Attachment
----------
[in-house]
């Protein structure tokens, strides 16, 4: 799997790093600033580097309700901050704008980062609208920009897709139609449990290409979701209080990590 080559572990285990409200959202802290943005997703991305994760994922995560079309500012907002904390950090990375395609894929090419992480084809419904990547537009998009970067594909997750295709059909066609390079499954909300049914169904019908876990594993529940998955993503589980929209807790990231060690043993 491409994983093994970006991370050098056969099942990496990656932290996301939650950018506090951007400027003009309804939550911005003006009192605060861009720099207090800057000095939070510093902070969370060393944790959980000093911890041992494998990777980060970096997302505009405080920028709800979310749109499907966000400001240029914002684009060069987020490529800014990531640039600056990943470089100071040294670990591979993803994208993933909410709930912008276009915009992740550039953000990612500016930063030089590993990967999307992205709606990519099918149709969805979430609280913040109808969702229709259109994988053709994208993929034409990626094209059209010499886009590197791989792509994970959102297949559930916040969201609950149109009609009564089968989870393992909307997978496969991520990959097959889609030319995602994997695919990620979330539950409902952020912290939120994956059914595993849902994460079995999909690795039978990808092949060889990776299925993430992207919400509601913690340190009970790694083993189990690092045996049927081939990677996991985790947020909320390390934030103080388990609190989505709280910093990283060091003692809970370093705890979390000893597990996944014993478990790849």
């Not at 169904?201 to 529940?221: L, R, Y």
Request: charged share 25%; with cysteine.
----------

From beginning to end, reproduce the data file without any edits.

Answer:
[in-house]
């Protein structure tokens, strides 16, 4: 799997790093600033580097309700901050704008980062609208920009897709139609449990290409979701209080990590 080559572990285990409200959202802290943005997703991305994760994922995560079309500012907002904390950090990375395609894929090419992480084809419904990547537009998009970067594909997750295709059909066609390079499954909300049914169904019908876990594993529940998955993503589980929209807790990231060690043993 491409994983093994970006991370050098056969099942990496990656932290996301939650950018506090951007400027003009309804939550911005003006009192605060861009720099207090800057000095939070510093902070969370060393944790959980000093911890041992494998990777980060970096997302505009405080920028709800979310749109499907966000400001240029914002684009060069987020490529800014990531640039600056990943470089100071040294670990591979993803994208993933909410709930912008276009915009992740550039953000990612500016930063030089590993990967999307992205709606990519099918149709969805979430609280913040109808969702229709259109994988053709994208993929034409990626094209059209010499886009590197791989792509994970959102297949559930916040969201609950149109009609009564089968989870393992909307997978496969991520990959097959889609030319995602994997695919990620979330539950409902952020912290939120994956059914595993849902994460079995999909690795039978990808092949060889990776299925993430992207919400509601913690340190009970790694083993189990690092045996049927081939990677996991985790947020909320390390934030103080388990609190989505709280910093990283060091003692809970370093705890979390000893597990996944014993478990790849």
């Not at 169904?201 to 529940?221: L, R, Y």
Request: charged share 25%; with cysteine.